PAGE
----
I know something you don’t know ha ha ha ha ha ha…
…But I promise this post will be entirely spoiler free.
One of the great things about living in a metropolitan area is the abundance of access to unique art experiences, like Savannah College of Arts and Design’s annual aTVFest. Being the newcomer that I am, I only managed to secure a seat for one event, but the Queens and I already have plans in the works to see more next year. #panelpros #ALLoftheshows
I may be a season and a half behind on Sleepy Hollow at the moment, but a well-written show will make you feel like you never left the moment you step back in its world. Yeah, sure, there may be a new Big Bad or two, and Betsy Ross is running around with a cutlass and pistol. So, there’s a new cop on the beat, and we’re not sure how we feel about it. Do we like her? Do we not like her? I think it’s too early to tell. And who is Jenny’s Not Prince Charming tag-along buddy?! But the look and feel of the show is that same delightful wit with a touch of macabre that I came to love in Season 1. Welp, now I know what’s going to the front of my queue of TV to-do’s.
I have a long-standing relationship with buddy cop shows, having spent hours with my family watching Andy Griffith, Blue Bloods, Castle, Monk, and every iteration of NCIS known to man. I’ve also added a few of my own along the way: Blindspot, Bones, and White Collar. Yet Sleepy Hollow, Lucifer, and iZombie add that little extra helping of fantasy and inhuman darkness* that give the crime-solving genre a much needed boost of energy, making it one that I want to come back to time and time again.
Sleepy Hollow is remarkable for its ability to seamlessly blend multiple worlds, pulling from Crane’s 1700s, Leftenant’s present day, and the underground current of the occult flowing through both. And although I have yet to master the courage to get through Supernatural, I am confident that continued exposure to blended worlds such as this one will eventually get me there.
But, I’m digressing from the point at hand which is I’VE SEEN AN EPISODE A WHOLE WEEK AHEAD OF EVERYONE ELSE! MWAHAHAHAHA. And I had the opportunity to hear members of the cast regale us with their woeful tales of that hideous beast known as The Editing Process. I have always thoroughly enjoyed listening to actors, writers, and directors speak about their craft and share anecdotes of their time on set. Let’s face it, if I didn’t, why would I stand for hours in panel lines at Dragon Con each year? And although I have watched all the commentaries and featurettes on every film & tv show I own, recorded countless episodes of Inside the Actors Studio, and spent far more time than should ever be admitted by a sane human being scouring the interwebs for late night talk show shenanigans of all my favorite actors and actresses, nothing compares to hearing it straight from the horse’s mouth 20 feet in front of you.
A casual fan enjoys the show, but a member of the fandom eats, breathes, and sleeps it. Ok, maybe that’s a bit too fanatic, but they do crave every morsel of information they can obtain about the world of which they desperately wish to be a part. The more one knows, the more the stories become intertwined with one’s own. And as the lovely Mireille Enos remarked during her aTVfest spotlight award, “the need for story is older than dirt.” So here are some story morsels, fellow fandom members. Enjoy:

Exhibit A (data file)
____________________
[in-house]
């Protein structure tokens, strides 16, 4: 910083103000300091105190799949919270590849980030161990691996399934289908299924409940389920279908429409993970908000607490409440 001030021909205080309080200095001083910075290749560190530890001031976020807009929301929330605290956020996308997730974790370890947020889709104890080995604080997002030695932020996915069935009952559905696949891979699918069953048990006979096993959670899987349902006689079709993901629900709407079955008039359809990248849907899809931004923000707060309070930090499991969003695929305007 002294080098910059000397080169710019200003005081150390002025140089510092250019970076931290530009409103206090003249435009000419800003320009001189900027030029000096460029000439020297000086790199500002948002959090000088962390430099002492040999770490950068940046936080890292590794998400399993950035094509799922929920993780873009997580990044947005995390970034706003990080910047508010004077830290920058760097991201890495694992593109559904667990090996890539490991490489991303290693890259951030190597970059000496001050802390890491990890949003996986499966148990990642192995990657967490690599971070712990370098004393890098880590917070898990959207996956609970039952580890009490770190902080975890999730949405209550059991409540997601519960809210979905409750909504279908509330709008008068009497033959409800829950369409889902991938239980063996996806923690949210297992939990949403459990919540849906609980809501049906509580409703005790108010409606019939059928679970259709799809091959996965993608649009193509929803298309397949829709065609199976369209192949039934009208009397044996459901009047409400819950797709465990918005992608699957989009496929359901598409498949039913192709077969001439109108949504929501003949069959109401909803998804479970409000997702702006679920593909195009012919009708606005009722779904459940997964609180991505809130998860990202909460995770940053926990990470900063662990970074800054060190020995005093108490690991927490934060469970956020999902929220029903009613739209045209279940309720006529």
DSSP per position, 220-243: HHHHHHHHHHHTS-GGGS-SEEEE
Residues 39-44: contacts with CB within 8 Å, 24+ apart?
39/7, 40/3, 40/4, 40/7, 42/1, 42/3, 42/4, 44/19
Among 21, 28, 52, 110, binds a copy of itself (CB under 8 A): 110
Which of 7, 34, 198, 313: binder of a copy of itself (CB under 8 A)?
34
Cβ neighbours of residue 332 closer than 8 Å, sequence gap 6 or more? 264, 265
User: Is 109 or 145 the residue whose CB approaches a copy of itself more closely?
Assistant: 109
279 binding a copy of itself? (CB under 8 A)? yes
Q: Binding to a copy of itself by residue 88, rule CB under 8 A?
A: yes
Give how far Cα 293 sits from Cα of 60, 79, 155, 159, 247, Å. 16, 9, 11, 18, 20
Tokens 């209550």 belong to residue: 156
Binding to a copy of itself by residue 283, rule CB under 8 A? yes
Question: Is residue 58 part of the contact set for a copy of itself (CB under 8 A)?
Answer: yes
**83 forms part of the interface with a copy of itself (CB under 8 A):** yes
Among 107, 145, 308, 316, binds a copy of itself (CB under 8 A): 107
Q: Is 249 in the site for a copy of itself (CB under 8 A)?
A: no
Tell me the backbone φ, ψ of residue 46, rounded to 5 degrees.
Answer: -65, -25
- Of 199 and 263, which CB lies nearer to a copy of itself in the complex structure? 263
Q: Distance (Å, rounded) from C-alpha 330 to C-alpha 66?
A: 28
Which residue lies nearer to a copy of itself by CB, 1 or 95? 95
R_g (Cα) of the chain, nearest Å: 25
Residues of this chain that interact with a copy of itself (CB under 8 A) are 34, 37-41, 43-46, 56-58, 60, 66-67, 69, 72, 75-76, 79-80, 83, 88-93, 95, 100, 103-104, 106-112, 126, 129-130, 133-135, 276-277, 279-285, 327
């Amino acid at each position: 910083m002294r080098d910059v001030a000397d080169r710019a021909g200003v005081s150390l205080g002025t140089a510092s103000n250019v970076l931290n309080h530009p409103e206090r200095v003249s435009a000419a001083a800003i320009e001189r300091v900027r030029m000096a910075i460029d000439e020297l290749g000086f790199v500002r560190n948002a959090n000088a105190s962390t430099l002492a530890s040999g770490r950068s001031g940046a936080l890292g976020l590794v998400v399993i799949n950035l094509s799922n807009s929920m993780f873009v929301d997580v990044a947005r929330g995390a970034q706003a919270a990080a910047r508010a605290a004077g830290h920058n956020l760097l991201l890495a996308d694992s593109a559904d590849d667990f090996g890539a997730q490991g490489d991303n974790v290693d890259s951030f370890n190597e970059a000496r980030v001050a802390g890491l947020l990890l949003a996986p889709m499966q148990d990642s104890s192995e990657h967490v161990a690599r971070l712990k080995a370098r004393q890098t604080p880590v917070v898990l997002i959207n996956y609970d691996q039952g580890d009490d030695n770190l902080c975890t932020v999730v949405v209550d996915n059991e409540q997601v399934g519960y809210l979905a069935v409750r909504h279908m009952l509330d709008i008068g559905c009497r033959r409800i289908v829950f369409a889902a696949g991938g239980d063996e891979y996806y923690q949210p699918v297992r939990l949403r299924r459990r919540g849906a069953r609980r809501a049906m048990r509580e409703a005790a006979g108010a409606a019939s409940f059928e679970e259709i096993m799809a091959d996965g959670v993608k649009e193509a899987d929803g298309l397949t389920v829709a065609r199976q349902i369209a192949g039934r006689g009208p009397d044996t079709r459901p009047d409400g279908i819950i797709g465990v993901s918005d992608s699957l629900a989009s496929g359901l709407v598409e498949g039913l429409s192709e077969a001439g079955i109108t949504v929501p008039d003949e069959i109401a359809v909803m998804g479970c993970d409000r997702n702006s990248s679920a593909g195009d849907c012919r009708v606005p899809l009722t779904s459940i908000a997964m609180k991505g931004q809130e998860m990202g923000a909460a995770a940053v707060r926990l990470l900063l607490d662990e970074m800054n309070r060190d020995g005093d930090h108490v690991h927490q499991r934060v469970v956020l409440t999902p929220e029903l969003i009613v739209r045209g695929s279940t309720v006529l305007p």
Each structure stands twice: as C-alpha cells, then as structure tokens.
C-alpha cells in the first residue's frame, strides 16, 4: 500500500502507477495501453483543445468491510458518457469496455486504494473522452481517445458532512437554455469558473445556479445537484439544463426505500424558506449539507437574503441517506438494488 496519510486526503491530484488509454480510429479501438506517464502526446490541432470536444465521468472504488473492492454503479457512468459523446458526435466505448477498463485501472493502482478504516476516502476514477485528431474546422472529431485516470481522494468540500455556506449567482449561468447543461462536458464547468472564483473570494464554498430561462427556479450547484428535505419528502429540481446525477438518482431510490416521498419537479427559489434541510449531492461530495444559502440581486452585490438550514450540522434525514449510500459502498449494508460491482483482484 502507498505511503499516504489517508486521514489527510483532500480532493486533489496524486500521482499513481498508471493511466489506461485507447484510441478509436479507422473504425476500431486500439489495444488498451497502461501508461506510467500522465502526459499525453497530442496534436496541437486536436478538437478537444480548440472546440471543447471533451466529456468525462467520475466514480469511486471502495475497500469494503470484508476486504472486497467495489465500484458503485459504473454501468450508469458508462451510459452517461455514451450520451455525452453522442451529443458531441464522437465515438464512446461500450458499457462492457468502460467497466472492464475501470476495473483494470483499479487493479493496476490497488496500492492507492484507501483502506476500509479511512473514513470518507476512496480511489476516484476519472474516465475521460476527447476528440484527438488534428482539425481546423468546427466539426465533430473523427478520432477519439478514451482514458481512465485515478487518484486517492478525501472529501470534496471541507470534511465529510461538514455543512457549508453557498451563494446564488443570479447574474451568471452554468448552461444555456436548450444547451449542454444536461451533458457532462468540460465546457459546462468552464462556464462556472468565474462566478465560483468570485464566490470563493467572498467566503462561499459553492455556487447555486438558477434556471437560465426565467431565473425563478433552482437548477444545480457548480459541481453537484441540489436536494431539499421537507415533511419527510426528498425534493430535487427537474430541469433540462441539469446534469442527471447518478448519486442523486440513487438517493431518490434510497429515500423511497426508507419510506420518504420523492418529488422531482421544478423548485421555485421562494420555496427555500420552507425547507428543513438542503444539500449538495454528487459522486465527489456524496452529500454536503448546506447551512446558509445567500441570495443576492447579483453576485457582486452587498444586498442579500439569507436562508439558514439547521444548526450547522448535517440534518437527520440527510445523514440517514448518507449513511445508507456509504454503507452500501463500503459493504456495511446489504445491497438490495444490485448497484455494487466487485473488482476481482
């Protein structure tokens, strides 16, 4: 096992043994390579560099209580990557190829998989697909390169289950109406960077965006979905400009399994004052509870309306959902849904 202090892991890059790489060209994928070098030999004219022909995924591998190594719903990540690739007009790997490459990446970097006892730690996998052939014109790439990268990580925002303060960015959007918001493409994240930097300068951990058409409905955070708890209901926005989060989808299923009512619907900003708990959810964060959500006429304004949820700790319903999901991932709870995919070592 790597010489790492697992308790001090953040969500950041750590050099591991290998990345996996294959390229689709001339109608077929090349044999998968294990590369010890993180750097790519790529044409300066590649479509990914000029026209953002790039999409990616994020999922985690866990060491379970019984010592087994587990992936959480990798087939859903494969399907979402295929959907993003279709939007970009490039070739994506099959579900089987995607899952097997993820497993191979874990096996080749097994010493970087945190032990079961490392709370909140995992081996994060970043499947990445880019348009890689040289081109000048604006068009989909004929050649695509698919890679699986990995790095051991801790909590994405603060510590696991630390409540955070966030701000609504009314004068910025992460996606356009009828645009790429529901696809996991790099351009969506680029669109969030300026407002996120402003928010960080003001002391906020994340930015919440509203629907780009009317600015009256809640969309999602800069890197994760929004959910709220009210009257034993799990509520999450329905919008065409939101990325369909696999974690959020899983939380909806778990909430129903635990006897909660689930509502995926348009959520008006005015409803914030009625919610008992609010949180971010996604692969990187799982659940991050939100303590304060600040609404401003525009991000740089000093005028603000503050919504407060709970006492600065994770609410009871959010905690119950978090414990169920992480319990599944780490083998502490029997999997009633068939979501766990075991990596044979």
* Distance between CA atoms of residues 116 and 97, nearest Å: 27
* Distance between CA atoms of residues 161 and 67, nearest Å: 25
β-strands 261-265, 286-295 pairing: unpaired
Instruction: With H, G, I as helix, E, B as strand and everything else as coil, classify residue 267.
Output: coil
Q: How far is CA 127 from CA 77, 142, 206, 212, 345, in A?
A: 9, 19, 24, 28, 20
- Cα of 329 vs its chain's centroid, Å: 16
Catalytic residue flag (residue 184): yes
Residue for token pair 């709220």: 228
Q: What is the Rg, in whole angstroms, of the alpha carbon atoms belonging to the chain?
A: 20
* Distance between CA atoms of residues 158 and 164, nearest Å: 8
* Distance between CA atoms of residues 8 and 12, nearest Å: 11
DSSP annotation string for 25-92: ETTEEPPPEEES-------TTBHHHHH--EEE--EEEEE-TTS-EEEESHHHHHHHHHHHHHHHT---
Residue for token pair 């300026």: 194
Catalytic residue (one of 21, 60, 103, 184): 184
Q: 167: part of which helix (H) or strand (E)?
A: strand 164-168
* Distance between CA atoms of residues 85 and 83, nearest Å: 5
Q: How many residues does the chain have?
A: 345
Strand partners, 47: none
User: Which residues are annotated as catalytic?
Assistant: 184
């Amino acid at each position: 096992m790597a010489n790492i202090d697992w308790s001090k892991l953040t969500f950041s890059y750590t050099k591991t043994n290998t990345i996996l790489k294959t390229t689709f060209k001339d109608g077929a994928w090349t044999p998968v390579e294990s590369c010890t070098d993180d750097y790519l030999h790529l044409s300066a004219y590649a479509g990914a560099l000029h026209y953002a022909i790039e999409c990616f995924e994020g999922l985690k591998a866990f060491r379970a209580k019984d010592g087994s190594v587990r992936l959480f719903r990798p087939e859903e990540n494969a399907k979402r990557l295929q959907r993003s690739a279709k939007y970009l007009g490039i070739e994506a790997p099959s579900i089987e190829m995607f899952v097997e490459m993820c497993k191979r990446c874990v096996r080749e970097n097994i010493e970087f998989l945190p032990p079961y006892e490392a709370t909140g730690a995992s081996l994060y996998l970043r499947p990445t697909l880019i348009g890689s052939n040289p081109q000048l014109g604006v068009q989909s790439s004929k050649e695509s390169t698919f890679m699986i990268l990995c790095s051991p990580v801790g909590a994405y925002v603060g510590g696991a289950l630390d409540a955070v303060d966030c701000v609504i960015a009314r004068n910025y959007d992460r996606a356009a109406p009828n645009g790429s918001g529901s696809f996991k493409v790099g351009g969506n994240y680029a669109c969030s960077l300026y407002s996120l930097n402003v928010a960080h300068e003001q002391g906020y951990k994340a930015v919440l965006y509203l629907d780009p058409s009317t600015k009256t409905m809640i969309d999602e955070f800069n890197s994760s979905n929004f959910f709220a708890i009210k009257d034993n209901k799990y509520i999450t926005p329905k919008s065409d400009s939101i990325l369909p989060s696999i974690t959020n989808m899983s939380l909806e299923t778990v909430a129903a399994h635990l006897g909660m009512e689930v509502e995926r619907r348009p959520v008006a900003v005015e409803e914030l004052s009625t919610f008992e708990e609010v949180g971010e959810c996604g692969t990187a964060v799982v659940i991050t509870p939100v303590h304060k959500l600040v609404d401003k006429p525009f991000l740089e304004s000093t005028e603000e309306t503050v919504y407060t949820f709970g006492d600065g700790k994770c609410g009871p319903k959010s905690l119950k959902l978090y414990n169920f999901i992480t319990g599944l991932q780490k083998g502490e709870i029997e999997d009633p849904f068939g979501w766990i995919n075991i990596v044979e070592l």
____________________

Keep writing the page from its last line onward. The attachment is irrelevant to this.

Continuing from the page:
Nikki Reed, the incomparable Betsy Ross, lamented over all the French she had learned for next week’s episode that was cut in its entirety. New kid on the block, Jessica Camacho, re-enacted her first encounter with Crane, including her much-obliged frisking him down. For the record, Nikki, frisking is not frisky, although Jessica’s take on her detective duties might have been a tad bit of both. And there was some debate on whether or not Zach and Lyndie’s on-screen kiss was his best work or not (Lyndie says “Eh”). Too bad the evidence is somewhere on the cutting room floor.
While these tidbits of juicy humor are fun in the moment, it is the encouragement and wisdom the actors share that are the real inspiration. Jessica reminded students to always speak up for themselves because they may not be the beginning nor the end of the storytelling process, but they are integral to it nonetheless. Nikki urged them to be flexible because while film work allows you to see a character’s arc from start to finish, the tv world is ever-changing, especially when each episode has its own director. You are discovering the character along the way, much like the audience does, and you never know what each new week will bring. And lastly Zach shared the importance of reveling in the “people moments,” better known as those times when the characters escape the trappings of the plot and talk with one another heart to heart. It is these moments that make the character more human that not only make them real to the actor, but to the audience as well.
Ta Da! See, I promised no spoilers. Although, I will say this: Fear Not, Nicole Beharie fans, your Abbie dearest is coming back this week!
Now on to my next adventure: New Apartment Cleaning & Organizing.
~ Queen Amidala
*Ok, fine, iZombie isn’t exactly “dark,” but the fantasy and less than human remark still holds true.
Photos courtesy of yours truly